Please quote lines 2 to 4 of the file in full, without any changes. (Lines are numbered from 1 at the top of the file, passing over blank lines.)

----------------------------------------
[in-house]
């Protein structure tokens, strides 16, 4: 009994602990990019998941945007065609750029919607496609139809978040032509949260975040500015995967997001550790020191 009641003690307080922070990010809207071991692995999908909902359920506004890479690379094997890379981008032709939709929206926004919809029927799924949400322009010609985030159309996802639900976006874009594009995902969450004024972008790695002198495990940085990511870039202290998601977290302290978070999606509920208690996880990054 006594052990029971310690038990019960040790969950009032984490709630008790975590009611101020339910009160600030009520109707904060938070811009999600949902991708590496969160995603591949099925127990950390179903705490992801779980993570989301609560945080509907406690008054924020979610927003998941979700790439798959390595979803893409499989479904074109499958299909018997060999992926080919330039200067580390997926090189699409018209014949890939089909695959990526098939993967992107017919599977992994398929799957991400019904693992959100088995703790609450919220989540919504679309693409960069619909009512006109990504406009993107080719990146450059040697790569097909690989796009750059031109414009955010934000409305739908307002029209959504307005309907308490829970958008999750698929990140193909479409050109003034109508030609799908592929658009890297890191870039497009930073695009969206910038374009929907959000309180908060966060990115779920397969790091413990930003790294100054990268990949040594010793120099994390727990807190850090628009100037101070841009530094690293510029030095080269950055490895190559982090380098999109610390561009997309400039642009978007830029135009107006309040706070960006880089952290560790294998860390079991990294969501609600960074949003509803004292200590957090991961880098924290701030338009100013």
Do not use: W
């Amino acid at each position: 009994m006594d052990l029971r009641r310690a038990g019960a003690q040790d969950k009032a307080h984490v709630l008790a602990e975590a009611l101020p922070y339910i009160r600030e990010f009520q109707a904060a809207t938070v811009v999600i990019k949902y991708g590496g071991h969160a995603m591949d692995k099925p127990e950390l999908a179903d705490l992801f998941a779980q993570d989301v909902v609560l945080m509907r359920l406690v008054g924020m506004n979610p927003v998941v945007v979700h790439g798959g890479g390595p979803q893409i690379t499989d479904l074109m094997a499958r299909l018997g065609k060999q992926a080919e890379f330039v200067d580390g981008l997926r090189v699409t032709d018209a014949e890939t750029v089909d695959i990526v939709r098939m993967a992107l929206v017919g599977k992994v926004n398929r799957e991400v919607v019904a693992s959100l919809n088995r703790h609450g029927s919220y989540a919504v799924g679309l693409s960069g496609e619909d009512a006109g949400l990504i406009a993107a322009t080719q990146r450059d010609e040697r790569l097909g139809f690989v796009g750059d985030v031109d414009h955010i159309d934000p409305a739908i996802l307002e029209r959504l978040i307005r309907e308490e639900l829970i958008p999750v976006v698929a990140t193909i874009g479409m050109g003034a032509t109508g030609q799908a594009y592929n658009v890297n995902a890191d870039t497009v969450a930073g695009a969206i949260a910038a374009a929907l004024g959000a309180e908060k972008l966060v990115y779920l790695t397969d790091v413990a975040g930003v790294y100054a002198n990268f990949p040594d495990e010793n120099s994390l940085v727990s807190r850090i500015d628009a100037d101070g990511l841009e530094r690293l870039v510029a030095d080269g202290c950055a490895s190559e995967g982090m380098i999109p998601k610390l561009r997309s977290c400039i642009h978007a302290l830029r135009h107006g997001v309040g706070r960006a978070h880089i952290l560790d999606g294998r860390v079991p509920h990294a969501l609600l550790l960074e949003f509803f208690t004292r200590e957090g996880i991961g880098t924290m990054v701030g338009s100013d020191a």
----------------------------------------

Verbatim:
């Protein structure tokens, strides 16, 4: 009994602990990019998941945007065609750029919607496609139809978040032509949260975040500015995967997001550790020191 009641003690307080922070990010809207071991692995999908909902359920506004890479690379094997890379981008032709939709929206926004919809029927799924949400322009010609985030159309996802639900976006874009594009995902969450004024972008790695002198495990940085990511870039202290998601977290302290978070999606509920208690996880990054 006594052990029971310690038990019960040790969950009032984490709630008790975590009611101020339910009160600030009520109707904060938070811009999600949902991708590496969160995603591949099925127990950390179903705490992801779980993570989301609560945080509907406690008054924020979610927003998941979700790439798959390595979803893409499989479904074109499958299909018997060999992926080919330039200067580390997926090189699409018209014949890939089909695959990526098939993967992107017919599977992994398929799957991400019904693992959100088995703790609450919220989540919504679309693409960069619909009512006109990504406009993107080719990146450059040697790569097909690989796009750059031109414009955010934000409305739908307002029209959504307005309907308490829970958008999750698929990140193909479409050109003034109508030609799908592929658009890297890191870039497009930073695009969206910038374009929907959000309180908060966060990115779920397969790091413990930003790294100054990268990949040594010793120099994390727990807190850090628009100037101070841009530094690293510029030095080269950055490895190559982090380098999109610390561009997309400039642009978007830029135009107006309040706070960006880089952290560790294998860390079991990294969501609600960074949003509803004292200590957090991961880098924290701030338009100013």
Do not use: W
């Amino acid at each position: 009994m006594d052990l029971r009641r310690a038990g019960a003690q040790d969950k009032a307080h984490v709630l008790a602990e975590a009611l101020p922070y339910i009160r600030e990010f009520q109707a904060a809207t938070v811009v999600i990019k949902y991708g590496g071991h969160a995603m591949d692995k099925p127990e950390l999908a179903d705490l992801f998941a779980q993570d989301v909902v609560l945080m509907r359920l406690v008054g924020m506004n979610p927003v998941v945007v979700h790439g798959g890479g390595p979803q893409i690379t499989d479904l074109m094997a499958r299909l018997g065609k060999q992926a080919e890379f330039v200067d580390g981008l997926r090189v699409t032709d018209a014949e890939t750029v089909d695959i990526v939709r098939m993967a992107l929206v017919g599977k992994v926004n398929r799957e991400v919607v019904a693992s959100l919809n088995r703790h609450g029927s919220y989540a919504v799924g679309l693409s960069g496609e619909d009512a006109g949400l990504i406009a993107a322009t080719q990146r450059d010609e040697r790569l097909g139809f690989v796009g750059d985030v031109d414009h955010i159309d934000p409305a739908i996802l307002e029209r959504l978040i307005r309907e308490e639900l829970i958008p999750v976006v698929a990140t193909i874009g479409m050109g003034a032509t109508g030609q799908a594009y592929n658009v890297n995902a890191d870039t497009v969450a930073g695009a969206i949260a910038a374009a929907l004024g959000a309180e908060k972008l966060v990115y779920l790695t397969d790091v413990a975040g930003v790294y100054a002198n990268f990949p040594d495990e010793n120099s994390l940085v727990s807190r850090i500015d628009a100037d101070g990511l841009e530094r690293l870039v510029a030095d080269g202290c950055a490895s190559e995967g982090m380098i999109p998601k610390l561009r997309s977290c400039i642009h978007a302290l830029r135009h107006g997001v309040g706070r960006a978070h880089i952290l560790d999606g294998r860390v079991p509920h990294a969501l609600l550790l960074e949003f509803f208690t004292r200590e957090g996880i991961g880098t924290m990054v701030g338009s100013d020191a």